In complex analysis, the argument principle (or Cauchy's argument principle) relates the difference between the number of zeros and poles of a meromorphic function to a contour integral of the function's logarithmic derivative.
Specifically, if f(z) is a meromorphic function inside and on some closed contour C, and f has no zeros or poles on C, then
where Z and P denote respectively the number of zeros and poles of f(z) inside the contour C, with each zero and pole counted as many times as its multiplicity and order, respectively, indicate. This statement of the theorem assumes that the contour C is simple, that is, without self-intersections, and that it is oriented counter-clockwise.
More generally, suppose that f(z) is a meromorphic function on an open set ? in the complex plane and that C is a closed curve in ? which avoids all zeros and poles of f and is contractible to a point inside ?. For each point z ? ?, let n(C,z) be the winding number of C around z. Then
where the first summation is over all zeros a of f counted with their multiplicities, and the second summation is over the poles b of f counted with their orders.
The contour integral can be interpreted as 2πi times the winding number of the path f(C) around the origin, using the substitution w = f(z):
That is, it is i times the total change in the argument of f(z) as z travels around C, explaining the name of the theorem; this follows from
and the relation between arguments and logarithms.
Let zZ be a zero of f. We can write f(z) = (z − zZ)kg(z) where k is the multiplicity of the zero, and thus g(zZ) ? 0. We get
Since g(zZ) ? 0, it follows that g' (z)/g(z) has no singularities at zZ, and thus is analytic at zZ, which implies that the residue of f′(z)/f(z) at zZ is k.
Let zP be a pole of f. We can write f(z) = (z − zP)−mh(z) where m is the order of the pole, and h(zP) ? 0. Then,
similarly as above. It follows that h′(z)/h(z) has no singularities at zP since h(zP) ? 0 and thus it is analytic at zP. We find that the residue of f′(z)/f(z) at zP is −m.
Putting these together, each zero zZ of multiplicity k of f creates a simple pole for f′(z)/f(z) with the residue being k, and each pole zP of order m of f creates a simple pole for f′(z)/f(z) with the residue being −m. (Here, by a simple pole we mean a pole of order one.) In addition, it can be shown that f′(z)/f(z) has no other poles, and so no other residues.
By the residue theorem we have that the integral about C is the product of 2?i and the sum of the residues. Together, the sum of the k 's for each zero zZ is the number of zeros counting multiplicities of the zeros, and likewise for the poles, and so we have our result.
The argument principle can be used to efficiently locate zeros or poles of meromorphic functions on a computer. Even with rounding errors, the expression will yield results close to an integer; by determining these integers for different contours C one can obtain information about the location of the zeros and poles. Numerical tests of the Riemann hypothesis use this technique to get an upper bound for the number of zeros of Riemann's function inside a rectangle intersecting the critical line.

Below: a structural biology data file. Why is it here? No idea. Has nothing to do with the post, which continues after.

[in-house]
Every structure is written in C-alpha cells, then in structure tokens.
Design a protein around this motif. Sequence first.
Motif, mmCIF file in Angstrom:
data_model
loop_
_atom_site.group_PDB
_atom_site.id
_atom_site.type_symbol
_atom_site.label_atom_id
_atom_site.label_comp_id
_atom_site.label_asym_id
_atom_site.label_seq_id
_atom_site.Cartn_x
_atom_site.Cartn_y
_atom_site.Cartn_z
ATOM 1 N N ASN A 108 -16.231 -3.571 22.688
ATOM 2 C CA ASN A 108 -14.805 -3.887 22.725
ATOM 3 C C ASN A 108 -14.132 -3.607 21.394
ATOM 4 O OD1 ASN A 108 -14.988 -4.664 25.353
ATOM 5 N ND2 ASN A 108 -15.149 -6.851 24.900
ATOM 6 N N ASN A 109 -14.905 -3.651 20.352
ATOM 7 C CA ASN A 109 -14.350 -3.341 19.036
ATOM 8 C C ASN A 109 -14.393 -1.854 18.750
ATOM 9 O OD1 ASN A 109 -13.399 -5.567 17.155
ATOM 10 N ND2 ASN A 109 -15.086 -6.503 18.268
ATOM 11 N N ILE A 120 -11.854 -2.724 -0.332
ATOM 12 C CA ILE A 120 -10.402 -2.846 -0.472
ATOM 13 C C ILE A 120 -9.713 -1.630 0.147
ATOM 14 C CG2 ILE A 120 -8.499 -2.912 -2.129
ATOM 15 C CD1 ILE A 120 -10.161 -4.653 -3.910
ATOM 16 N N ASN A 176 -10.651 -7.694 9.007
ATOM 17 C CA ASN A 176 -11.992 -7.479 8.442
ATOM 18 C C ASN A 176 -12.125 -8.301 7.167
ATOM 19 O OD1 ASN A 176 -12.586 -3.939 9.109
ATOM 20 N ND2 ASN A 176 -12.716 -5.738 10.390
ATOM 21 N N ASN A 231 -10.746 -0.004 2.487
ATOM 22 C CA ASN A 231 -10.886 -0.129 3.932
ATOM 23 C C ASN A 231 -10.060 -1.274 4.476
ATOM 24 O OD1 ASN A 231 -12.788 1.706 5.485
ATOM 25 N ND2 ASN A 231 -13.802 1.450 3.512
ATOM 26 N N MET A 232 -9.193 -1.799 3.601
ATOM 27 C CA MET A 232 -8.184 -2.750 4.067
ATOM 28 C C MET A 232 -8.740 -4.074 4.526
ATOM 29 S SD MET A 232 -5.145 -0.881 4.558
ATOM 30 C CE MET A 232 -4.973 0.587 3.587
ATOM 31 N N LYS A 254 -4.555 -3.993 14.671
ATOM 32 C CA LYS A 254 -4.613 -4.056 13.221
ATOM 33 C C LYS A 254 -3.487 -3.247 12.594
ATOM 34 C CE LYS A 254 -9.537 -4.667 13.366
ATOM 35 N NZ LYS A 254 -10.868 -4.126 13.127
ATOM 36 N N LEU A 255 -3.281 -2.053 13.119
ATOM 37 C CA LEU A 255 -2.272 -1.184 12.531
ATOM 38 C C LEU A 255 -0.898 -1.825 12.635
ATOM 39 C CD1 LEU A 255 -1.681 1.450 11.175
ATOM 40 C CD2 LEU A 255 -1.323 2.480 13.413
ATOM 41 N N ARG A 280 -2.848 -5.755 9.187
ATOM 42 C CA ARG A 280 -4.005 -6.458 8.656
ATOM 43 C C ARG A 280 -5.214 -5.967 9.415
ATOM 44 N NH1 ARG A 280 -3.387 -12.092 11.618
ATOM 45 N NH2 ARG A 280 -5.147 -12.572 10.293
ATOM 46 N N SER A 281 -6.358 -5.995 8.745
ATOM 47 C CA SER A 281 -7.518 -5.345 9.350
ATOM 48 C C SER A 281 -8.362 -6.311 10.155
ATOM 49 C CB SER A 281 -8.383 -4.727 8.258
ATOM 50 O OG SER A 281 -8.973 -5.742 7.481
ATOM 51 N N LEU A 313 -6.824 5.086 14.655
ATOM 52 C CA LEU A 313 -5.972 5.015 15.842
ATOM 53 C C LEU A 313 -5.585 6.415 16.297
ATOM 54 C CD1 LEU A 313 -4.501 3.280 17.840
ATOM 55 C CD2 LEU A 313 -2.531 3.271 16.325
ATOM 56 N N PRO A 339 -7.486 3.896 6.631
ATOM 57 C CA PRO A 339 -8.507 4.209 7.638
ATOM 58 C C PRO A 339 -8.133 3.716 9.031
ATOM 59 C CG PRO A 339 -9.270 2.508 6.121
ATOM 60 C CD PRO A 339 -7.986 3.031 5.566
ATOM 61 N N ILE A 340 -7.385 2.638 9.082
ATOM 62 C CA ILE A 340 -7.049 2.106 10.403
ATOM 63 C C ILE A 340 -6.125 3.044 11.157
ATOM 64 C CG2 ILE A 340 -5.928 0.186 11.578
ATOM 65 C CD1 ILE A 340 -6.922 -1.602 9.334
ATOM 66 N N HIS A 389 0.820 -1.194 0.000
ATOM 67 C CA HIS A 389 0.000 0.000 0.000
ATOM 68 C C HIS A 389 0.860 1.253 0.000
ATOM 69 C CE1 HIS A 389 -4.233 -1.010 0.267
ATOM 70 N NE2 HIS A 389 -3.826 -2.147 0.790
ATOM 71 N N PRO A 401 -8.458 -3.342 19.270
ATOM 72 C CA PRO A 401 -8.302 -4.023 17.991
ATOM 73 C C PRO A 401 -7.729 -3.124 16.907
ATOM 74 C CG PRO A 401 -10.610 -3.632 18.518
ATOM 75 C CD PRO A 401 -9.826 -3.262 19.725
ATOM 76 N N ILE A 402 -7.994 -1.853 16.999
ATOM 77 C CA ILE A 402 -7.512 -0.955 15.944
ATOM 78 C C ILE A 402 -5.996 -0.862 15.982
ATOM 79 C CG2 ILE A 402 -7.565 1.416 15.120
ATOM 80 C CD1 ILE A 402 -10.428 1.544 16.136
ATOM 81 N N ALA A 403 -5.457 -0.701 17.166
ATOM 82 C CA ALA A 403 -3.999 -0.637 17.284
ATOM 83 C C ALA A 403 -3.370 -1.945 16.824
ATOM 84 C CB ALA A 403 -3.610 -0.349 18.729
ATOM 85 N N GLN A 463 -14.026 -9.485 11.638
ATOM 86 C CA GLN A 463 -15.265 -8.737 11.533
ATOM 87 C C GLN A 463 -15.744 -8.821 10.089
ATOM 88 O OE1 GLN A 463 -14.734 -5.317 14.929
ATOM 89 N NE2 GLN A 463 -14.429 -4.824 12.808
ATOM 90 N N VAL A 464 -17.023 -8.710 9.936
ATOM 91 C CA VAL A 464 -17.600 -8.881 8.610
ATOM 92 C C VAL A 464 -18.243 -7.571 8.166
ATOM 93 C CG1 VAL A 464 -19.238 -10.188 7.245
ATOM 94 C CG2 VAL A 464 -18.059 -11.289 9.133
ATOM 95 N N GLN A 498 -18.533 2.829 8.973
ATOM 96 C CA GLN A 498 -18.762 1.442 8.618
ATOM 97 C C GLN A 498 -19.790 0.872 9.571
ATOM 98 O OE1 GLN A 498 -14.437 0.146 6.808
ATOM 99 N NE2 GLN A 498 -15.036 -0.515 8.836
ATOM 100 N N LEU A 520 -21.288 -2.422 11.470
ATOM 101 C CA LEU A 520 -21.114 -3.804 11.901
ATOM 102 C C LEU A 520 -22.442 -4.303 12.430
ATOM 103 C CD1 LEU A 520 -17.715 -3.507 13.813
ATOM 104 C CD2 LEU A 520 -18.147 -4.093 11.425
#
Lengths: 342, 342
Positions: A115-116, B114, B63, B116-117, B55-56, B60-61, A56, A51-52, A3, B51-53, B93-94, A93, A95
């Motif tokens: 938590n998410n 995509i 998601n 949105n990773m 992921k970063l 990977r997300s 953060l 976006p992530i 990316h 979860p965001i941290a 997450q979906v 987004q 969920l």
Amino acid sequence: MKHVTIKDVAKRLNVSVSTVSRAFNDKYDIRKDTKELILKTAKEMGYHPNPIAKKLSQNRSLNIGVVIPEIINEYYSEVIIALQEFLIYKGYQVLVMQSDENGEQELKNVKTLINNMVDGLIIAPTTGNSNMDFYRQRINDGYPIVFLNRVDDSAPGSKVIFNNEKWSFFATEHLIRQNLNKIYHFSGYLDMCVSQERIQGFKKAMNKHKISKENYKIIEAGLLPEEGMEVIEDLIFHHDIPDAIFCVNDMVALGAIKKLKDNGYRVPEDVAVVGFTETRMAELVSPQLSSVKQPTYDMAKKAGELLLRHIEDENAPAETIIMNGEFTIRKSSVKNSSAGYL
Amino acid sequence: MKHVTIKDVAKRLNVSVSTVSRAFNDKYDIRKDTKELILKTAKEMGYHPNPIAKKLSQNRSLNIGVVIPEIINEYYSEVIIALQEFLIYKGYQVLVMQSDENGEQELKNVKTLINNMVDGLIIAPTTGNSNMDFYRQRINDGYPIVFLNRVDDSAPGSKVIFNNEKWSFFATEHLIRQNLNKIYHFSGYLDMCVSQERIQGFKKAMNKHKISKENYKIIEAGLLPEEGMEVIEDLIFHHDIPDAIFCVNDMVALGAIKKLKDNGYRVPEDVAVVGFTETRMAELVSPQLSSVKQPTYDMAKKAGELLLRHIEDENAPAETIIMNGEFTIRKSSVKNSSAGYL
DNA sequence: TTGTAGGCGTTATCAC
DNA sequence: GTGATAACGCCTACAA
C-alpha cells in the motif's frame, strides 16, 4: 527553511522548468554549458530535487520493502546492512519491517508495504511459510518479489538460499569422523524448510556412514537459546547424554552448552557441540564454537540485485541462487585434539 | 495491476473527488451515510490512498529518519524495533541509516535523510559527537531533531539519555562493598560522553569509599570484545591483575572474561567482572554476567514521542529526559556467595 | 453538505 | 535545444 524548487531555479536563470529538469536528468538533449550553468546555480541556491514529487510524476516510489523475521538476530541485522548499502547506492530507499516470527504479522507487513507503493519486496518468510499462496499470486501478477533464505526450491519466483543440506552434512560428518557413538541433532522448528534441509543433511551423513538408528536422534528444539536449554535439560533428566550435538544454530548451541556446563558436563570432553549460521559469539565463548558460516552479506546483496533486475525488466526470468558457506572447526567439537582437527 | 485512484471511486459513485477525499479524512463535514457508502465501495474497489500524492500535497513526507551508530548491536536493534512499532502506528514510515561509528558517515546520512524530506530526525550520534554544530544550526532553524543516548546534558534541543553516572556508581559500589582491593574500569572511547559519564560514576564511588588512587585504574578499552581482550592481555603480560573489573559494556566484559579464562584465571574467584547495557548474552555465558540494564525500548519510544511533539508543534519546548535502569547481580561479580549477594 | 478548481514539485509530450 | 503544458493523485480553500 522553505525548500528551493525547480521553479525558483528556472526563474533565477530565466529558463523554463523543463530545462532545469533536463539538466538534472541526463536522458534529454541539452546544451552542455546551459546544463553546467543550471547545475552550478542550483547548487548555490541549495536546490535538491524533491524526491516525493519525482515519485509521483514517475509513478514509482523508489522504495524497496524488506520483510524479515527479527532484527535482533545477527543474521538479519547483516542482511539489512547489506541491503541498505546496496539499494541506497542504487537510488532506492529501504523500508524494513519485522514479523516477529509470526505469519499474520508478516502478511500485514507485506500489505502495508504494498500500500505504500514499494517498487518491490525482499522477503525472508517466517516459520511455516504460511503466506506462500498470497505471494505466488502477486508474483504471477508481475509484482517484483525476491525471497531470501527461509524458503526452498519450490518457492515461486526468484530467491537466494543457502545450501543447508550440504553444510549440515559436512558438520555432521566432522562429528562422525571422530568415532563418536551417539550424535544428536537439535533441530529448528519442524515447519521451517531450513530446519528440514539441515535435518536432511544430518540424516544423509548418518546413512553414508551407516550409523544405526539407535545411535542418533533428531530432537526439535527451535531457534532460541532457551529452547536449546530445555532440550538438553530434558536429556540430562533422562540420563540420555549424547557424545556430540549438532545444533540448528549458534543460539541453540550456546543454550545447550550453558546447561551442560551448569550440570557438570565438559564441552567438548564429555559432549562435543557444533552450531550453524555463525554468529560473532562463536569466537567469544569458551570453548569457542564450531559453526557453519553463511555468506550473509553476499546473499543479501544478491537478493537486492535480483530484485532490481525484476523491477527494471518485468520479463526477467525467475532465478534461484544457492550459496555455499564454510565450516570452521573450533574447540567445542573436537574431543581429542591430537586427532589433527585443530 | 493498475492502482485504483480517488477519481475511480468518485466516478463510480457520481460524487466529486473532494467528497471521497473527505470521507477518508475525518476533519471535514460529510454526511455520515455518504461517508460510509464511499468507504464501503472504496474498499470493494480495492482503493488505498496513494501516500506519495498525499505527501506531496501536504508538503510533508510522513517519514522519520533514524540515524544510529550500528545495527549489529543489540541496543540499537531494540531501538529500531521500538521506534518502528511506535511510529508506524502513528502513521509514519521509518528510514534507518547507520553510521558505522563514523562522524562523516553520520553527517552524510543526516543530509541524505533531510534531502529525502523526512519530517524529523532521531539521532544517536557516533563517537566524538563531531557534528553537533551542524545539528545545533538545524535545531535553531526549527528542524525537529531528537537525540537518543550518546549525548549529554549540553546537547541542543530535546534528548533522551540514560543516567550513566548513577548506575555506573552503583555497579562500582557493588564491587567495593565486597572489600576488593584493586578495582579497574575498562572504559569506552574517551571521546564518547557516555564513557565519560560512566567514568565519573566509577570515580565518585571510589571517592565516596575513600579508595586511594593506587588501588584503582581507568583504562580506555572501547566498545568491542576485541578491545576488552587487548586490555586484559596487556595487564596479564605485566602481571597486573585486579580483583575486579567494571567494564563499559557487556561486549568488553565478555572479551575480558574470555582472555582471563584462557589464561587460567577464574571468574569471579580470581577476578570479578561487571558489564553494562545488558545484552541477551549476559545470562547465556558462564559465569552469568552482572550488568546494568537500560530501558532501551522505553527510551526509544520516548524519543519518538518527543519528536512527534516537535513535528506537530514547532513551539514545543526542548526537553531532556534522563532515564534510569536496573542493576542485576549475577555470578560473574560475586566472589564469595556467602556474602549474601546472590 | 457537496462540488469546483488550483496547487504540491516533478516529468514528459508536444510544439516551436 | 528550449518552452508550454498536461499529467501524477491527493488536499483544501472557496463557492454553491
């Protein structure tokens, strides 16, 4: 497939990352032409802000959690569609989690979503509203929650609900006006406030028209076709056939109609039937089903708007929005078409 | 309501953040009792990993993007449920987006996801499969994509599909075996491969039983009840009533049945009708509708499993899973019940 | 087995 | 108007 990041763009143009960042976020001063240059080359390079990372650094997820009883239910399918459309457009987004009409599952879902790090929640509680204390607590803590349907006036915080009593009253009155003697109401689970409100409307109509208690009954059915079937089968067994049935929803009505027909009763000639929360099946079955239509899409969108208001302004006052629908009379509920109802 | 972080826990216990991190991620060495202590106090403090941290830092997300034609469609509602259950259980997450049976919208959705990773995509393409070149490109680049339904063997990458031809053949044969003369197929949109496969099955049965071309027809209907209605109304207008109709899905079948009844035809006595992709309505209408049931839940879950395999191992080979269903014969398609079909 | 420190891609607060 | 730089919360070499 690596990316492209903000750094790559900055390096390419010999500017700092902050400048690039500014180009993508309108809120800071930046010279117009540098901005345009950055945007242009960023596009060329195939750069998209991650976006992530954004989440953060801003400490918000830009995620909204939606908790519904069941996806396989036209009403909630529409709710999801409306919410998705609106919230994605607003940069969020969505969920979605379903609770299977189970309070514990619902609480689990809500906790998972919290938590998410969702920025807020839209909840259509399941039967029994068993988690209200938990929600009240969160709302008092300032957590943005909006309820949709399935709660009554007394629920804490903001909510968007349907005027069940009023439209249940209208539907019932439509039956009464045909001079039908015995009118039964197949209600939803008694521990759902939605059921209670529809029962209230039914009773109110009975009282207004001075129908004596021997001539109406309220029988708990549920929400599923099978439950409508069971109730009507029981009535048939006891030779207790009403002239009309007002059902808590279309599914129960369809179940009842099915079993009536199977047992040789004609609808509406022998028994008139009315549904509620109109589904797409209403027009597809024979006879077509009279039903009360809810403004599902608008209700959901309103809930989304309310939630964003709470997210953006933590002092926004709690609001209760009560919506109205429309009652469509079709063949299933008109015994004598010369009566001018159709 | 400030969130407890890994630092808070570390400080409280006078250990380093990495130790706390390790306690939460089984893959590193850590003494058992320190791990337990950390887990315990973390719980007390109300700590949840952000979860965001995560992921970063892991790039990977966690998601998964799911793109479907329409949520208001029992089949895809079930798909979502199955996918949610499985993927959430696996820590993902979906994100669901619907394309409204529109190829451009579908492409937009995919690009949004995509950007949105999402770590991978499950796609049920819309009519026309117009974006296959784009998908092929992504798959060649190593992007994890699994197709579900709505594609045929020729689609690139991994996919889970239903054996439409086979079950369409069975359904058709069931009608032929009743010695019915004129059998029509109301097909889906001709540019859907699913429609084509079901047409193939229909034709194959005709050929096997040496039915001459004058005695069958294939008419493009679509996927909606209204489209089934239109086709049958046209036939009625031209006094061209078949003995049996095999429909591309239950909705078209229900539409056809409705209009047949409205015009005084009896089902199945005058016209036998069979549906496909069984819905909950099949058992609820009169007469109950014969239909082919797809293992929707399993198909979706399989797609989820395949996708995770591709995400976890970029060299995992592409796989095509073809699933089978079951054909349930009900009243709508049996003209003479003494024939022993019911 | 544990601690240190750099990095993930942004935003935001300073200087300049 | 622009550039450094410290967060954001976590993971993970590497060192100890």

The proof of Rouché's theorem uses the argument principle.
Modern books on feedback control theory quite frequently use the argument principle to serve as the theoretical basis of the Nyquist stability criterion.
A consequence of the more general formulation of the argument principle is that, under the same hypothesis, if g is an analytic function in ?, then
For example, if f is a polynomial having zeros z1, ..., zp inside a simple contour C, and g(z) = zk, then
is power sum symmetric polynomial of the roots of f.
Another consequence is if we compute the complex integral:
for an appropriate choice of g and f we have the Abel-Plana formula:
which expresses the relationship between a discrete sum and its integral.
There is an immediate generalization of the argument principle. Suppose that g is analytic in the region . Then
where the first summation is again over all zeros a of f counted with their multiplicities, and the second summation is again over the poles b of f counted with their orders.
According to the book by Frank Smithies (Cauchy and the Creation of Complex Function Theory, Cambridge University Press, 1997, p. 177), Augustin-Louis Cauchy presented a theorem similar to the above on 27 November 1831, during his self-imposed exile in Turin (then capital of the Kingdom of Piedmont-Sardinia) away from France. However, according to this book, only zeroes were mentioned, not poles. This theorem by Cauchy was only published many years later in 1874 in a hand-written form and so is quite difficult to read. Cauchy published a paper with a discussion on both zeroes and poles in 1855, two years before his death.